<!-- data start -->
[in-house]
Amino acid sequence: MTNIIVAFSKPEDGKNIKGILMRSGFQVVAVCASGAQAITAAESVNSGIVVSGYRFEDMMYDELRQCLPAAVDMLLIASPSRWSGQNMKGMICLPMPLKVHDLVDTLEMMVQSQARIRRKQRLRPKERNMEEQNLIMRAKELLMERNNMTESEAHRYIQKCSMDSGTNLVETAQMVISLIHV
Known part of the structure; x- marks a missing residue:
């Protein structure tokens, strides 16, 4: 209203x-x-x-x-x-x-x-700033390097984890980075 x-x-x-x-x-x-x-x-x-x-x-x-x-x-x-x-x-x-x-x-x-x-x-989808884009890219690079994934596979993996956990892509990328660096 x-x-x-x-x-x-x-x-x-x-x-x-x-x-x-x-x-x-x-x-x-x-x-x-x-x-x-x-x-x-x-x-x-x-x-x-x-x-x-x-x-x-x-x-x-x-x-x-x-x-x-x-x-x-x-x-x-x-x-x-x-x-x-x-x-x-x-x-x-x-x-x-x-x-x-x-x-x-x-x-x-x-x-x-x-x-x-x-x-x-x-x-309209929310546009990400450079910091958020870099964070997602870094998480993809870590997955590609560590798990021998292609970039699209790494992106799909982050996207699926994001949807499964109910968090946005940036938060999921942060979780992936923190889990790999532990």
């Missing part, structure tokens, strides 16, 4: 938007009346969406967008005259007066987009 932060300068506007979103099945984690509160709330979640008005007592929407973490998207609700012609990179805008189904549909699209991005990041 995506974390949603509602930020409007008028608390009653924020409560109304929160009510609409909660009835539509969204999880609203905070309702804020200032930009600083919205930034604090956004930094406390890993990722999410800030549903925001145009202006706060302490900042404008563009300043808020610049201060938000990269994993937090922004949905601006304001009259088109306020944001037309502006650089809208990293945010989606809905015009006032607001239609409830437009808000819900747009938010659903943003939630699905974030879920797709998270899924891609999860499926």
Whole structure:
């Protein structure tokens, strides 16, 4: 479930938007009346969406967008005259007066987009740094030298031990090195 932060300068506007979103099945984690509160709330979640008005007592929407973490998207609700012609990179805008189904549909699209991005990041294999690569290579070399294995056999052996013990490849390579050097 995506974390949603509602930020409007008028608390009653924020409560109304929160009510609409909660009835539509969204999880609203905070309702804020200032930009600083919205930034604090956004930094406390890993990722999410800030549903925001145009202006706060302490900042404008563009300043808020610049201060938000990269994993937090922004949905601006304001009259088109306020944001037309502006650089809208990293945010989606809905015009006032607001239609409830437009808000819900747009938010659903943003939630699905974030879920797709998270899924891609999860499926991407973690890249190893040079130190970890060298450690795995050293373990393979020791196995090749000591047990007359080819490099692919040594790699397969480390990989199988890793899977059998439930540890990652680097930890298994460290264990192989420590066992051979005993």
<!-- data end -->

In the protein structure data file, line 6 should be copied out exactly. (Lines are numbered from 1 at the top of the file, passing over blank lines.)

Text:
Whole structure: